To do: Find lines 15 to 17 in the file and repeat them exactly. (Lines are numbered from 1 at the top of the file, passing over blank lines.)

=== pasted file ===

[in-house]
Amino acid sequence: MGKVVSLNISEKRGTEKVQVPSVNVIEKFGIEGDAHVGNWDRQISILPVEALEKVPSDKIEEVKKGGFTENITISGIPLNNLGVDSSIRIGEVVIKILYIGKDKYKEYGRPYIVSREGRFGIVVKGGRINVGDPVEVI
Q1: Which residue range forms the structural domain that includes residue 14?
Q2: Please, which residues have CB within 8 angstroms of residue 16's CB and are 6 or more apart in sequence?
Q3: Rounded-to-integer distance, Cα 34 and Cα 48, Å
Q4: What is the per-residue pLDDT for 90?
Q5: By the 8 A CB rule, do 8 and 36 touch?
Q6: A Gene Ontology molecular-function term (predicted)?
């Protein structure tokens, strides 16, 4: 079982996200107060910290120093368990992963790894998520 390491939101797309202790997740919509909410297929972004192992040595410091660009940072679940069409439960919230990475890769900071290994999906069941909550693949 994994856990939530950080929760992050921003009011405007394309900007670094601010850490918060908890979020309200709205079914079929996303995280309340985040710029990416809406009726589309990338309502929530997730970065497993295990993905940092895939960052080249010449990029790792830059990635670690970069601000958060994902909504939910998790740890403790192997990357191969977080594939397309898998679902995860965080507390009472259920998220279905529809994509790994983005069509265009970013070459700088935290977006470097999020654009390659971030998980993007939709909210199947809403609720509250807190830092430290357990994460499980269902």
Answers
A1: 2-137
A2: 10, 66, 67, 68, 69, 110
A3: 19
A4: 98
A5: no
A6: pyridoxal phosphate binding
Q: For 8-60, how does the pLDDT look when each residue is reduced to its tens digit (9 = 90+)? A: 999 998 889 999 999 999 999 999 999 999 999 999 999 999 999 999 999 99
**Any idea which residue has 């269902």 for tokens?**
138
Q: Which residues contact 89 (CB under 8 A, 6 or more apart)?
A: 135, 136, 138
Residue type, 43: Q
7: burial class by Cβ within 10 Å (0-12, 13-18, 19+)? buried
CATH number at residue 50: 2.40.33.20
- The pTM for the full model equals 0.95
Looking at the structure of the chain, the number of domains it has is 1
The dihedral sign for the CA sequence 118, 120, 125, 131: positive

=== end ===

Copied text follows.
A5: no
A6: pyridoxal phosphate binding
Q: For 8-60, how does the pLDDT look when each residue is reduced to its tens digit (9 = 90+)? A: 999 998 889 999 999 999 999 999 999 999 999 999 999 999 999 999 999 99